NJ PARCC Results: the word of the day is RELAX!

The following is the letter I shared with my Staff after the initial report came out from the NJDOE on the state-wide PARCC scores.  In sum, everyone needs to RELAX.

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Staff:

As you may have read or heard, the State released PARCC state-level results yesterday afternoon.  While many are not really surprised by what we saw, it’s still worth checking out. A couple of follow-up points:

 

  • District/school-level results are expected within the next few weeks. These initial reports do not have any redacted information for subgroups that are too small to report. Therefore, we were advised to be careful about sharing the results publicly until the DOE provides us with the final version.
  • The release of individual student reports will follow the school results; however, a timeline was not given. When these reports arrive, we will provide parents with an informational letter to help them understand the new information. As previously indicated, when we receive student results they will not be used for any placement purposes.
  •  
  • This  year’s PARCC results are considered baseline data that need to be analyzed to determine what uses might be appropriate. The DOE did provide us with some guidance documents and presentations that we are reviewing administratively and sharing as needed.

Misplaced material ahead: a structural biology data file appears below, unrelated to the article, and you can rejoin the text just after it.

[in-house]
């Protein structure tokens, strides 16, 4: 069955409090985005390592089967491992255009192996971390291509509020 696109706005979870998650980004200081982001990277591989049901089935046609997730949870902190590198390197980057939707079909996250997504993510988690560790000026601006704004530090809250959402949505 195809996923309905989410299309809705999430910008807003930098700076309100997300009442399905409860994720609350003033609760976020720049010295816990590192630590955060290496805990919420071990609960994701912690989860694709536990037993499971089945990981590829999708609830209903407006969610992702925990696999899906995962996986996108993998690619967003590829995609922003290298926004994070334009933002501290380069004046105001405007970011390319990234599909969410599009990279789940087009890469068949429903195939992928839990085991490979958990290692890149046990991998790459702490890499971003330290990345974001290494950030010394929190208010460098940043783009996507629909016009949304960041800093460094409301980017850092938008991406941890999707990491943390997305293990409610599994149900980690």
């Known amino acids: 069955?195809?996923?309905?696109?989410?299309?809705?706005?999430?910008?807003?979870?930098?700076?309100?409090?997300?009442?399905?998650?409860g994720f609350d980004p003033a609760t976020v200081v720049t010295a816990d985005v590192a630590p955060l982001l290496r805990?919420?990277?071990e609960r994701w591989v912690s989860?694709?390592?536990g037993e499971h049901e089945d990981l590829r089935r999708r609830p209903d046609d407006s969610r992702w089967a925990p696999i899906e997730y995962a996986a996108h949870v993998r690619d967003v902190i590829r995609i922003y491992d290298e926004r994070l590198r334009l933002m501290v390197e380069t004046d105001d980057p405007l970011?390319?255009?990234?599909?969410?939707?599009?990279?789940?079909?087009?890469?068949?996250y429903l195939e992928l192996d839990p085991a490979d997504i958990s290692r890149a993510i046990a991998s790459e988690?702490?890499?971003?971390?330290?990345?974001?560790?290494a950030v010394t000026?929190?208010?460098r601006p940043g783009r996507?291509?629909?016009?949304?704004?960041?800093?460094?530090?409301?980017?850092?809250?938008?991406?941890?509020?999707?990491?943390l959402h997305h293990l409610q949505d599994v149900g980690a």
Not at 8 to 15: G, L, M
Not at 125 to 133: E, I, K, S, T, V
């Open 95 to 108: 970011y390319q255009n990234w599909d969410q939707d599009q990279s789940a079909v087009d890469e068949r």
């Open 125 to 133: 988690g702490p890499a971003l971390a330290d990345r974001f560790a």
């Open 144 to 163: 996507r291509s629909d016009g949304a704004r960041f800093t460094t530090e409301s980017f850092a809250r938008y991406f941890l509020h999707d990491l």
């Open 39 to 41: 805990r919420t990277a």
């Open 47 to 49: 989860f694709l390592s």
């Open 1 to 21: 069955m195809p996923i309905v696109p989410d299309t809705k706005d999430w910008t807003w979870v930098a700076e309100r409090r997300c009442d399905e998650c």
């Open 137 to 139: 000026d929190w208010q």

•  
  • ASK and PARCC results cannot be compared. For example, ASK used three proficiency bands and PARCC has five. You cannot try and combine PARCC bands into three sets to use in comparison with ASK.
  •  
  • Standardized tests have a long history in public education. They are just one measure of our district, schools, and students. We need to keep this in mind as the results are shared.
  •  
  • In the report, the Commissioner of Education states: “Now that the statewide results are in, I know our school leaders are taking the steps necessary, such as making adjustments to their curricula, targeting professional learning activities for teachers, and engaging parents and communities to ensure that all New Jersey students receive a world-class education.”  With all due respect to the Commissioner, as the educational leader of our school district I have to say that we cannot begin “adjusting curricula or targeting professional learning activities” based on state-level results. We need some time to analyze from various perspectives our district and school results and then determine what adjustments are needed. Our district looks at multiple measures to make decisions regarding programs for our students and professional development for our staff.
Again, no big surprises here. One assessment will not make or break us.
 
Jay

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